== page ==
Hey fellah, happy new year! We have some brand news! First of all, two songs from our "Hey folks" Nevermind, we are all falling down" took part of the soundtrack from "Nike 6.0 X Fly - Partners in Crime", a documentary about bmx, produced by Nike Europe and directed by Alberto Accettulli from Docks Video. Check at the proper link to view the video! Btw, we are working on new stuff as Japanese Gum and, I'm almost ending my first release as The Combat Worms, more news soon. We collected few new review stuff:
Japanese Gum are the Italian duo of Paolo Tortora and Davide Cedolin. Their aim is to create soundscapes that are both challenging and experimental while retaining a commercial edge and to a certain extent they manage to do what it says on the tin. The music itself sound like The Jesus and Mary Chain jamming with Ennio Morricone, but the reverb laden vocals are reduced to nothing more than an annoying mumble at the back of the mix as if put there as an after thought.
If commercial success is the game plan for the guys, well it ain't gonna happen, although they do have crossover appeal for both the dance and indie markets. I do actually really like this album. I like the lo-fi production and experimental nature of it. I also like the fact that there are actually songs on here. It is easy for an act to hide behind the technology and dazzle us with a series of electronic bleeps and breaks that make no concession to actually making it an enjoyable experience for the listener. On this album Japanese Gum manage to balance the music and the technology, vocals apart, pretty much perfectly.
It would not be fair to review this on an individual track basis as it is clearly not intended to be listened to that way. Instead listen to this album as a whole and immerse yourself in the chilled soundtrack. As avant guarde as it is, it is actually an enjoyable experience. (The Music Critic)
Figli di una Genova che da sempre si dimostra patria di grandi artisti (impossibile non citare i celebri "cugini" Port-Royal), i Japanese Gum tornano sulla scena discografica con Hey folks! Nevermind, we are all falling down, album che segna il passaggio all'etichetta giapponese Friend of Mine dopo la breve esperienza con la conterranea Marsiglia Records.
Con undici brani ufficiali e tre bonus tracks, il duo ligure regala al proprio pubblico più di un'ora di indietronica d'alto livello, forte di una produzione superba e di un meticoloso lavoro in studio che non ha lasciato al caso neanche un singolo beat. Quasi tutte le tracce si rivelano infatti più che convincenti: si passa dalle atmosfere eteree dell'intro di "No help for the wicked" all'esplosione finale post-rock di "Cluster of bees", senza dimenticare i ritmi sincopati che caratterizzano "Ghost/Mistake" e la componente più spiccatamente elettronica che fa capolino in "Big whale".
Hey folks! ... rappresenta l'ennesima ottima prova per i Japanese Gum, che con le ultime pubblicazioni mostrano grande attenzione verso lo sviluppo di un sound sempre più ricercato e personale.
Brani suggeriti: Sunless summer, Cluster of bees, Big whale. (Artistsandbands)
The '80s, having always been associated with the kitsch that characterized artistic expressions of the period, is probably the least appreciated decade when it comes to its contribution to the evolution of music. This is obvious when listening to a band such as Japanese Gum. Whether its post-punk, new wave, no wave, electro-pop à la New Order, or shoegaze, it's all here. These two Italian gentlemen must have grown up listening to every great band of the '80s, and, thankfully, while paying their respect to those that inspired them, they make something unique and wonderful.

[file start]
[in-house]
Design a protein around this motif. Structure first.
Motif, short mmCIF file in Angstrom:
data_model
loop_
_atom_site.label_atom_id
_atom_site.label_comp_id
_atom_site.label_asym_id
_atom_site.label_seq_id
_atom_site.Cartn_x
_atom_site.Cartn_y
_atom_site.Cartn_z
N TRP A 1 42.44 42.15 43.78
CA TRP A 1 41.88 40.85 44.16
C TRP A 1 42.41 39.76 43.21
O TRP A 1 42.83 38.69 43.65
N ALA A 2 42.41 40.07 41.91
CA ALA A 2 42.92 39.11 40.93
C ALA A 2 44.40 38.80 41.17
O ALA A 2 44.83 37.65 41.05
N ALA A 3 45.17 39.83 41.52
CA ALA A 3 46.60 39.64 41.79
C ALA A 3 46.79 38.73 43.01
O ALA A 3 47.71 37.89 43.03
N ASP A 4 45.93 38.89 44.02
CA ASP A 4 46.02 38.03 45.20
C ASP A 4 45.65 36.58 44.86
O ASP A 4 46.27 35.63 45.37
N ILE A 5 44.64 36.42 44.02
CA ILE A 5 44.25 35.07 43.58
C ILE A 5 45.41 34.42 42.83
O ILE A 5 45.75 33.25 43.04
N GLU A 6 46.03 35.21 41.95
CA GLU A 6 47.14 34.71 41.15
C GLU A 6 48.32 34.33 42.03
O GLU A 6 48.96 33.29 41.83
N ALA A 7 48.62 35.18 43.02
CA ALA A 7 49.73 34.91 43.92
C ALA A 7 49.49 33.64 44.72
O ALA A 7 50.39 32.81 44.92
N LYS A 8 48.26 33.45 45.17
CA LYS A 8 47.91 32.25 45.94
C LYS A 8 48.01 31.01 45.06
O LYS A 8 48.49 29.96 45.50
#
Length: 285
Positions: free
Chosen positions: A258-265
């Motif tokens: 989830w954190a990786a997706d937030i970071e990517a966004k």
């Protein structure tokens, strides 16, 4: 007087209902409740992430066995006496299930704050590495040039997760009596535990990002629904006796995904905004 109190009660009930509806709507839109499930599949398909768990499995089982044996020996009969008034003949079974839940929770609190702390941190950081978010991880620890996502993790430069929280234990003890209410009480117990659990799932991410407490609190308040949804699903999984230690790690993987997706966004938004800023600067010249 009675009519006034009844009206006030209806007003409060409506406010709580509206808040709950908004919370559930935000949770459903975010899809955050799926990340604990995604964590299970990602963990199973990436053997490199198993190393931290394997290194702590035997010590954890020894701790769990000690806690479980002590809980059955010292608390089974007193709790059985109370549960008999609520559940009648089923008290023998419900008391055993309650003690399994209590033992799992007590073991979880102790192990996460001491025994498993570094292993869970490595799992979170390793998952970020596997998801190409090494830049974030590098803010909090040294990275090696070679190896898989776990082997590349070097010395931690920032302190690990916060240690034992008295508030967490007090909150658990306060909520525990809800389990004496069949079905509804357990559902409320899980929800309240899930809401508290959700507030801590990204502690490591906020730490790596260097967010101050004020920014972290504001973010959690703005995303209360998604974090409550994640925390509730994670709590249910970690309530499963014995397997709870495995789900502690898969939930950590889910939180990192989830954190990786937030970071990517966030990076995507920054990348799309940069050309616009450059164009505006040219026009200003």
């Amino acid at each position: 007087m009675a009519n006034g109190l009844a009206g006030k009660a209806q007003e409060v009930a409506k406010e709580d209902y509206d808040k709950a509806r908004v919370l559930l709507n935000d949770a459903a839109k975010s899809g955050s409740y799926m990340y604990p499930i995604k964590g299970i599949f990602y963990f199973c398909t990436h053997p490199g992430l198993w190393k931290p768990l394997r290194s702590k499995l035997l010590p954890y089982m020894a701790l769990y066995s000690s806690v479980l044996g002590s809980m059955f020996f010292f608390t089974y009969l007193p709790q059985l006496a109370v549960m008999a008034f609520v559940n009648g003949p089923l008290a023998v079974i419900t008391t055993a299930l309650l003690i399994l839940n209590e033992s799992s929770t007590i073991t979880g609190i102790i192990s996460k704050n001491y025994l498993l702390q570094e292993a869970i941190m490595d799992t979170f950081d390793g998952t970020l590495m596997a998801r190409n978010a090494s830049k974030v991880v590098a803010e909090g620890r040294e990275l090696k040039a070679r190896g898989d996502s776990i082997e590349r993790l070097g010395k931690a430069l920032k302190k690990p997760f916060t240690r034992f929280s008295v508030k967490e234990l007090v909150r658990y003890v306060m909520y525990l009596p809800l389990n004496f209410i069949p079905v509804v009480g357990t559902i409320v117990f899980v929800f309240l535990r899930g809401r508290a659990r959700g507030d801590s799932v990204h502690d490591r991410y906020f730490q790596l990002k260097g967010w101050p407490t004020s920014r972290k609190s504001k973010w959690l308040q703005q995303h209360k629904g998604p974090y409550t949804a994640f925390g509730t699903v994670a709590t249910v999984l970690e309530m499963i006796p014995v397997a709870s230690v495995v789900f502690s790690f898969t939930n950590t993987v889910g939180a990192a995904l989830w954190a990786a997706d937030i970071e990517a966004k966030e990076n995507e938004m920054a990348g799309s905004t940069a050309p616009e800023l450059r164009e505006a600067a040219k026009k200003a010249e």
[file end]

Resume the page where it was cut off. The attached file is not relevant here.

In the more than one hour of Hey Folks! Nevermind, We Are All Falling Down the duo offers us a musical journey that, while not always fascinating, is certainly interesting throughout. With vocals that often feel as if they came from the depths of the ocean, Japanese Gum is a band that seems to have woken from a deep sleep to write space-age lullabies that, at times, bring to mind groups such as Slowdive or My Bloody Valentine at their most ambient and experimental, and, at others, sing with the passion and desperation of Morrissey and a cloud of distortion accompanied by electronic madness in the background. The band's approach reminds us that, while the music of the past can be the inspiration behind someone's creativity in the first place, a true artist knows that having his own voice is what distinguishes those whose work matters from the pretenders.
Japanese Gum would have been a perfect fit for a label such as Morr Music, as the band's dream-pop is closely related to that of The Notwist or Mum. However, the band that Japanese Gum most strongly recalls is Lali Puna, as both bands seem to share the same care-free attitude and melancholy. If there is one fault the album has, it is that, despite the vast array of sounds it employs, there are times when the music becomes repetitive. The thing about lullabies is that, no matter how "space-age" they are, they do tend to put you to sleep, which isn't always what a listener is looking for in an album.
Nevertheless, this is a band with a very clear idea of what it wants to do and how it can do it. Japanese Gum makes art that is sensitive, honest, and beautiful. Listening to Hey Folks! Nevermind, We Are All Falling Down is a more than pleasant experience. Now forgive me, but I feel I need some sleep; with a soundtrack like this, my dreams will more than likely be sweet. (The Silent Ballet)
And if you go here, you can read some more and also listen to few tracks!
I guess that's all for now,
take it eazy,